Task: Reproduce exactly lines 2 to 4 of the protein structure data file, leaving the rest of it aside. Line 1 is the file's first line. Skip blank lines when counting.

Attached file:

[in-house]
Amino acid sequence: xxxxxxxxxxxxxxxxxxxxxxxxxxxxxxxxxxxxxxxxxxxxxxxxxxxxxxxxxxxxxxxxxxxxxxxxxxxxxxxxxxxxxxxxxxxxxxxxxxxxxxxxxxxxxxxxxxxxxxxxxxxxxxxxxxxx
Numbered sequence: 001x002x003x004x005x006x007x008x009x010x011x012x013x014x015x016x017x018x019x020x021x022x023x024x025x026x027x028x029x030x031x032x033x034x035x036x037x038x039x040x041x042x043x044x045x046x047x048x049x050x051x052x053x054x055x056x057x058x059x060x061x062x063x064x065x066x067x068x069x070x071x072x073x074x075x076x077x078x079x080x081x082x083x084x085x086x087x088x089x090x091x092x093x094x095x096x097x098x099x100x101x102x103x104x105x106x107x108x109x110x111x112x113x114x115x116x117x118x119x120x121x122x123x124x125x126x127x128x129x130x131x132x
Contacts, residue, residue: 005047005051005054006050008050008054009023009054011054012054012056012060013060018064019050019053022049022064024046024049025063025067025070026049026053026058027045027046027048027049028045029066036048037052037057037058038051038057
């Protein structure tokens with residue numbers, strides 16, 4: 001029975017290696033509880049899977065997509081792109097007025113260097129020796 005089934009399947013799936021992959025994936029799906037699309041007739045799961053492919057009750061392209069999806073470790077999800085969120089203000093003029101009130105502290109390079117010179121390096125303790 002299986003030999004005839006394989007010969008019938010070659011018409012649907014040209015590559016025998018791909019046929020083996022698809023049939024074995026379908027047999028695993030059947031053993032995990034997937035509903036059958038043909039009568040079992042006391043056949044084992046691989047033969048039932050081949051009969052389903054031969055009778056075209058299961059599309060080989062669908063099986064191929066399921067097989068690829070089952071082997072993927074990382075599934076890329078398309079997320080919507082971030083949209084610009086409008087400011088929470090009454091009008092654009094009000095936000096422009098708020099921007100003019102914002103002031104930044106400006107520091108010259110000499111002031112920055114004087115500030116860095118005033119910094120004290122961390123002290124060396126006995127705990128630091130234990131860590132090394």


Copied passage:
Amino acid sequence: xxxxxxxxxxxxxxxxxxxxxxxxxxxxxxxxxxxxxxxxxxxxxxxxxxxxxxxxxxxxxxxxxxxxxxxxxxxxxxxxxxxxxxxxxxxxxxxxxxxxxxxxxxxxxxxxxxxxxxxxxxxxxxxxxxxx
Numbered sequence: 001x002x003x004x005x006x007x008x009x010x011x012x013x014x015x016x017x018x019x020x021x022x023x024x025x026x027x028x029x030x031x032x033x034x035x036x037x038x039x040x041x042x043x044x045x046x047x048x049x050x051x052x053x054x055x056x057x058x059x060x061x062x063x064x065x066x067x068x069x070x071x072x073x074x075x076x077x078x079x080x081x082x083x084x085x086x087x088x089x090x091x092x093x094x095x096x097x098x099x100x101x102x103x104x105x106x107x108x109x110x111x112x113x114x115x116x117x118x119x120x121x122x123x124x125x126x127x128x129x130x131x132x
Contacts, residue, residue: 005047005051005054006050008050008054009023009054011054012054012056012060013060018064019050019053022049022064024046024049025063025067025070026049026053026058027045027046027048027049028045029066036048037052037057037058038051038057